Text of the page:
BNP defends using different interpretation of sustainable development

Asset management unit said it is aware that its ‘approach differs from other investment firms operating under EU rules’

The asset management arm of BNP Paribas said using a different interpretation of sustainable investment to some of its peers has allowed it to keep the European Union’s top environmental, social and governance (ESG) tag attached to about $20 billion (€18.7 billion) worth of funds.

Firms including BlackRock, Amundi and Axa Investment Managers have reclassified more than $140 billion of so-called Article 9 funds – the EU’s highest environmental, social and governance fund designation – to a less stringent category known as Article 8. The downgrades follow stricter EU guidance stipulating that Article 9 must be reserved for 100 per cent sustainable investments, save for liquidity and hedging needs.

But reaching the 100 per cent threshold depends on how asset managers define a sustainable investment. And under current EU rules, that’s “a judgment call left for each market participant to make”, the asset management unit of BNP said in an emailed response to questions.

Calling an investment sustainable is “much more akin to security valuation than to objective company-level data”, BNP said. That paves the way for “possible and natural disagreements in the outcome of the analysis between financial market participants”.


BNP has interpreted the EU’s stricter guidance on Article 9 to mean that all but one of its passive, index-tracking funds can no longer carry the designation, representing about $16 billion in total. But for roughly $20 billion of actively managed funds, the classification won’t be removed, BNP told Bloomberg.

BNP’s asset management unit said it is aware that its “approach differs from other investment firms operating under EU rules”. It continues to apply the Article 9 designation to funds that hold publicly traded equities, which some fund managers say is incompatible with EU guidance. BNP said its Article 9 equity funds are “mostly thematic”.

It’s the latest sign that the EU’s Sustainable Finance Disclosure Regulation (SFDR) is feeding industry fragmentation, despite efforts to encourage a more consistent interpretation of the bloc’s ESG investing rules by setting minimum thresholds.

Europe’s markets watchdog, European Securities and Markets Authority (ESMA), has asked the European Commission to provide clearer guidance on how financial professionals should define a sustainable investment, and the bloc’s executive arm has said it’s now looking into the matter.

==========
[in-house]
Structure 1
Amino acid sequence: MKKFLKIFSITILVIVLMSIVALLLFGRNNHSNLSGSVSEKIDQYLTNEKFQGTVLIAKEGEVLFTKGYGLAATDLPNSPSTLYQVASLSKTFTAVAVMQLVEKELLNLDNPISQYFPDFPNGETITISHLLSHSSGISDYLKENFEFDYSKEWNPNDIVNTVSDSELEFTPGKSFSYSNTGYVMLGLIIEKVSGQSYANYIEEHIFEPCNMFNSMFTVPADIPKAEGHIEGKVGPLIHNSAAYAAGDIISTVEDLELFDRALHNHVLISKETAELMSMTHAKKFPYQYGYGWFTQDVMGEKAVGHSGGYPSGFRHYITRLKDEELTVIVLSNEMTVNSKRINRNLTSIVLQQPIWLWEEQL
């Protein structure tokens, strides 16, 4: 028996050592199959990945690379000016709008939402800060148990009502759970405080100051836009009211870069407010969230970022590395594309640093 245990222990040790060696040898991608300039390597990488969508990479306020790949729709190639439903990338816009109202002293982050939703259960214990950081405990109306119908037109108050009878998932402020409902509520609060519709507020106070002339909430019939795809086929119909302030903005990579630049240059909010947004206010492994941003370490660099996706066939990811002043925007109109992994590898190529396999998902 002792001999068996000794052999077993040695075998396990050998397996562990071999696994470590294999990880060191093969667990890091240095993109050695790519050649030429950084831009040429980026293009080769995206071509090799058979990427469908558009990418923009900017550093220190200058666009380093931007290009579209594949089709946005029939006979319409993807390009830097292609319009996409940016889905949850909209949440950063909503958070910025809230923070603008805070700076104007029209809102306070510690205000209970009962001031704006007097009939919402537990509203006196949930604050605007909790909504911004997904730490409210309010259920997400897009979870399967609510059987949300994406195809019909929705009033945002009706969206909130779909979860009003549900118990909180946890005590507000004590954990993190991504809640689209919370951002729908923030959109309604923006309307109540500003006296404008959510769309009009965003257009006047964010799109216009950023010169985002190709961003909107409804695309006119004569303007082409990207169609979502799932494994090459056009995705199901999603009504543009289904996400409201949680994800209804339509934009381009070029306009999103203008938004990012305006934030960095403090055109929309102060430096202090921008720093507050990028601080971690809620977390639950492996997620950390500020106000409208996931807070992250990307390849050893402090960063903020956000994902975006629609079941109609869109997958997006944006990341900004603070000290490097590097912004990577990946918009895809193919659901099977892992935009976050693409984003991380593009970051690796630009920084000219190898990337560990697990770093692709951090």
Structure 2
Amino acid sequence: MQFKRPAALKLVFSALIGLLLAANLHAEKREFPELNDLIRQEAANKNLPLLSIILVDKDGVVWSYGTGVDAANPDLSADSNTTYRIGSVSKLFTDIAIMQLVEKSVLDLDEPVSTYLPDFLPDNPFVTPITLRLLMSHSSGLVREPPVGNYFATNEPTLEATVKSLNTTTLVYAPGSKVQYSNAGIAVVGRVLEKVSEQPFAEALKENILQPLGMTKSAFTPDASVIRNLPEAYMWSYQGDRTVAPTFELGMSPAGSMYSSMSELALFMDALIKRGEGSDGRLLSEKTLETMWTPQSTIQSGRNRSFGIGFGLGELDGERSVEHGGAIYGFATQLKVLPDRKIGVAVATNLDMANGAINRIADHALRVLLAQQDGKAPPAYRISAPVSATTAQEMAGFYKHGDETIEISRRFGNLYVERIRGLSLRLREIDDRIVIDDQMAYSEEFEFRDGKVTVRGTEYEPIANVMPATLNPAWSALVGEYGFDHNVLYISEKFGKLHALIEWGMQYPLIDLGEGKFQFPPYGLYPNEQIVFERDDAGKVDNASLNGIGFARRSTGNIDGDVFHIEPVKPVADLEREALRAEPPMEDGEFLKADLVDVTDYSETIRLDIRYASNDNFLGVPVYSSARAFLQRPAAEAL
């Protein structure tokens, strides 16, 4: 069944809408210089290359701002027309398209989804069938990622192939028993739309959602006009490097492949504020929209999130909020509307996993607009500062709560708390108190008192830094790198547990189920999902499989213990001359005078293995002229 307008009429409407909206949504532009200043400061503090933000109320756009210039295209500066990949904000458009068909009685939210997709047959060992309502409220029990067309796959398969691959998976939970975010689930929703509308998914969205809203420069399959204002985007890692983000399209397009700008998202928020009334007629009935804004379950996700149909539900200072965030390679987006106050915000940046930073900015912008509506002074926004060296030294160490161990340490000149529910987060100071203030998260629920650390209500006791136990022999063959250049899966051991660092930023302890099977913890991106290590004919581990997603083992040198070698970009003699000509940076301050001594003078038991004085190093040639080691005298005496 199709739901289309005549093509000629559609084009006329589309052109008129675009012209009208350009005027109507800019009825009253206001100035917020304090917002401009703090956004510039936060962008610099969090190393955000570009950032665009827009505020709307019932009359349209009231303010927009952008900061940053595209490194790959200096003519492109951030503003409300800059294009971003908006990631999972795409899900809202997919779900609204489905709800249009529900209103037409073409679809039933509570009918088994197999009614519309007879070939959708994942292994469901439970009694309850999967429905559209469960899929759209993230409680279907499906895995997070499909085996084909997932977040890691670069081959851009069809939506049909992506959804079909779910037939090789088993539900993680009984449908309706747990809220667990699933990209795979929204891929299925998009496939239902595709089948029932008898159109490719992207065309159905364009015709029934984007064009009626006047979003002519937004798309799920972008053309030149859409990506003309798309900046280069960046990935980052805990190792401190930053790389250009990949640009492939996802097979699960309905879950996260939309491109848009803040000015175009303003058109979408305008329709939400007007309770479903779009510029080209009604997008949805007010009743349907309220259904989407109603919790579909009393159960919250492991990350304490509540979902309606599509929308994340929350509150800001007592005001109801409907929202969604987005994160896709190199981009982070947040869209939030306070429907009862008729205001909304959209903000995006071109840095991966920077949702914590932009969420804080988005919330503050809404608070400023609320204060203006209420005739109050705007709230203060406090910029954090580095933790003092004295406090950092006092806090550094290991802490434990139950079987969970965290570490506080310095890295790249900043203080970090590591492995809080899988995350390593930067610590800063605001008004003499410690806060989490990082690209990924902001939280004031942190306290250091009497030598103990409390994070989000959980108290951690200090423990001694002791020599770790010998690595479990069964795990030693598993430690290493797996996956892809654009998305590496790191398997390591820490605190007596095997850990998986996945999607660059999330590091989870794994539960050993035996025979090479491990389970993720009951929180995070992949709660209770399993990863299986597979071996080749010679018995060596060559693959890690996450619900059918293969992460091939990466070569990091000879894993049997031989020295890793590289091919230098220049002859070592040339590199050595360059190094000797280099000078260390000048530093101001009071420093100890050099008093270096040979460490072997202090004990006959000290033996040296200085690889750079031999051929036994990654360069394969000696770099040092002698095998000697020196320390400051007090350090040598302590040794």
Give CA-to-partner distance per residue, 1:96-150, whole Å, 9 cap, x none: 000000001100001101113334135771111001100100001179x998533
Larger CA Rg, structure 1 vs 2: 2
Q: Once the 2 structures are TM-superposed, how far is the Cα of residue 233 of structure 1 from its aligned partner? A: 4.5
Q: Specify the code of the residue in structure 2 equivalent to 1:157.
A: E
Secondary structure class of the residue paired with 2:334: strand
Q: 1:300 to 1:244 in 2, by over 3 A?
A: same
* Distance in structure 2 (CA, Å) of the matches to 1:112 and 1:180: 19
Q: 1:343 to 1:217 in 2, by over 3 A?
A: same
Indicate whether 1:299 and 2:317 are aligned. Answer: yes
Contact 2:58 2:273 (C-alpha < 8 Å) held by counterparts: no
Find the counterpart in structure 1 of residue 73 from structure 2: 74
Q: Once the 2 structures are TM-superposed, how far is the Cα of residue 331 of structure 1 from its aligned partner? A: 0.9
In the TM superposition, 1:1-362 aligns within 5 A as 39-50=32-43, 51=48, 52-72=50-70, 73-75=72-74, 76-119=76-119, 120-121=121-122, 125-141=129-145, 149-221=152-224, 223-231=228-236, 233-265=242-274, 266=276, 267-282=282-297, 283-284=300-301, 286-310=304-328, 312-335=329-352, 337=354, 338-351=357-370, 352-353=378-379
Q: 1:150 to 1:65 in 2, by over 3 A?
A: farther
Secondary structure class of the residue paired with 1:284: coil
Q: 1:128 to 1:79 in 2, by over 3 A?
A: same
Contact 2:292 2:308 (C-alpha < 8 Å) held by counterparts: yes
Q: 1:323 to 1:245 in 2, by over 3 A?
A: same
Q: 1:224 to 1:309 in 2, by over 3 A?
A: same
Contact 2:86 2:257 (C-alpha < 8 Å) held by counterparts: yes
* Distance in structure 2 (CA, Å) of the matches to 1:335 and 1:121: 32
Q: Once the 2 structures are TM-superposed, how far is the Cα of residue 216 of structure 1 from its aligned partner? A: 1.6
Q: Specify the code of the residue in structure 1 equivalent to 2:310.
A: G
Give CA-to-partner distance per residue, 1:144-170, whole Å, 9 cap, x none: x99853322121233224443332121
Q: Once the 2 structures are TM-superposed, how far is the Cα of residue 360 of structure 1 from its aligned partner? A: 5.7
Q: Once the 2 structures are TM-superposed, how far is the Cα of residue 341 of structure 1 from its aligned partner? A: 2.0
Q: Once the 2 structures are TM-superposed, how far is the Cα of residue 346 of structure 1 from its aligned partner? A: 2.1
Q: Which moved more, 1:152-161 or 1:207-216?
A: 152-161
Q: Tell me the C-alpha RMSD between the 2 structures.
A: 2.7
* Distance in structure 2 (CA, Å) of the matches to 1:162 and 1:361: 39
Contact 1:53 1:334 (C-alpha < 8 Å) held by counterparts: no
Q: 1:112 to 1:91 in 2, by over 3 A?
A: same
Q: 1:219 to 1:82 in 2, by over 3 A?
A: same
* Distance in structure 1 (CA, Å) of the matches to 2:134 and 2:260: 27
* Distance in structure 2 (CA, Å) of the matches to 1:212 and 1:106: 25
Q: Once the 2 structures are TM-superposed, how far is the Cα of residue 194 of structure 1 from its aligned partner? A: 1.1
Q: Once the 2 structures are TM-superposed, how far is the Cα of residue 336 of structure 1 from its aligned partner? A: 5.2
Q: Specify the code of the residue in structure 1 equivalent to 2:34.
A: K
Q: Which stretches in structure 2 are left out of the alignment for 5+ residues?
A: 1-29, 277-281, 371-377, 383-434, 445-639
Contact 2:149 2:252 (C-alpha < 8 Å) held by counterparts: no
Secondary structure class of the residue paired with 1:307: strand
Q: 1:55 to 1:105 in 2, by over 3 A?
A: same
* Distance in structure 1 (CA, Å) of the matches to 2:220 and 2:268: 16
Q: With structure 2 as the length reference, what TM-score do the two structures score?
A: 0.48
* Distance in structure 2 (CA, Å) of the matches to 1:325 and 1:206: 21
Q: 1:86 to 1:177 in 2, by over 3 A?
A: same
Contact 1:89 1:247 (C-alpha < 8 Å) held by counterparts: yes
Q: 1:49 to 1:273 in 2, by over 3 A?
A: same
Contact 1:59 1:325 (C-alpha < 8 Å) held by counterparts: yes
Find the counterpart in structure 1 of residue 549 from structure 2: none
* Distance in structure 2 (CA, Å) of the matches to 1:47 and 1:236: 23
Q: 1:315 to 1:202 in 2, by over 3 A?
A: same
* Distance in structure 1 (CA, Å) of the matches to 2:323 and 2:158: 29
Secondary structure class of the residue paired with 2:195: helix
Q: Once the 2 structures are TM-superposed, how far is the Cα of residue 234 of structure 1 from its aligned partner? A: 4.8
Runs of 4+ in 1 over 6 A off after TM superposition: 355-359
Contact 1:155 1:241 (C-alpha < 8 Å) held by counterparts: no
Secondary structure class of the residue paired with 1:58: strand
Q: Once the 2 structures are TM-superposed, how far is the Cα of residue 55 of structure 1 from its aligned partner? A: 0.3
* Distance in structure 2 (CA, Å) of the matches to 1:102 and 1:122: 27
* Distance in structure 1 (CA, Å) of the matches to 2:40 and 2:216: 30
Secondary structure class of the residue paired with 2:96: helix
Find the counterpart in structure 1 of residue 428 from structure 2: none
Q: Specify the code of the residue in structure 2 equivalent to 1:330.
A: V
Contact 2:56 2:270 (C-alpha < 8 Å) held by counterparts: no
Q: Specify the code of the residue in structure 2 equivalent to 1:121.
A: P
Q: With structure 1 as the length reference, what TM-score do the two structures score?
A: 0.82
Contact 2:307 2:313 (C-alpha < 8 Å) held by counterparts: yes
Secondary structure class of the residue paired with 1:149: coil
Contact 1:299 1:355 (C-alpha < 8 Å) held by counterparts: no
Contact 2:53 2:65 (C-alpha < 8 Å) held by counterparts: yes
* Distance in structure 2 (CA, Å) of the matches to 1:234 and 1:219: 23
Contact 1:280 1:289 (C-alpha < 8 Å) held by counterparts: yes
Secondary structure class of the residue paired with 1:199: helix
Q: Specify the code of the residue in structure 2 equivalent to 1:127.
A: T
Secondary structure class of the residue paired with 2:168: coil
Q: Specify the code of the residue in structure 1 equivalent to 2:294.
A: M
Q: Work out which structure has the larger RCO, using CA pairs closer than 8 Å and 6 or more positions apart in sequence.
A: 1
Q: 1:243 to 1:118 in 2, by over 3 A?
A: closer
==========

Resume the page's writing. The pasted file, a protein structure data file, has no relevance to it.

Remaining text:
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In the meantime, many asset managers are erring on the side of caution. Amundi opted to downgrade almost all its roughly $46 billion in Article 9 funds. DWS Group, the asset management unit of Deutsche Bank AG, has removed the tag from funds holding publicly traded equities.

Recent Article 9 downgrades at Allianz Global Investors followed on from its so-called activity-based methodology, which looks at a portfolio company’s economic activities and calculates the proportion of those deemed sustainable.

The model, which requires that fund managers “get granular in their analysis, makes it hard to defend classifying equity funds as Article 9″, said Matt Christensen, Allianz GI’s head of sustainable and impact investing.

“The market is still trying to find out what latitude there is,” he said. But Allianz prefers “the conservative approach”.

Anna Maleva-Otto, a partner at Schulte, Roth & Zabel LLP, said fund managers “are having to make subjective decisions. That’s in large part due to a lack of data on which firms can base sustainability claims.”

BNP said its actively managed Article 9 funds use an in-house sustainability approach that benefits from “our long-term focus on sustainability”.

“Our Article 9 active sustainable thematic funds have a sustainable investment objective by construction. So the SFDR requirements are aligned with these strategies enabling them to remain Article 9, also after the recent clarifications.”

The EU’s guidelines around Article 9 are also spurring product innovation. Sophie Rahm, head of impact investment at Credit Mutuel Asset Management, said she’s had to reclassify “a couple of funds” due to “the recent clarifications from EU regulators”.

She’s now trying to figure out how to design a product that will meet the EU’s updated guidelines for Article 9, which has entailed close talks with the regulator in France, where Credit Mutuel AM is based.

“I’m waiting to hear from them,” Ms Rahm said. “So hopefully, hopefully we’ll go through.” – Bloomberg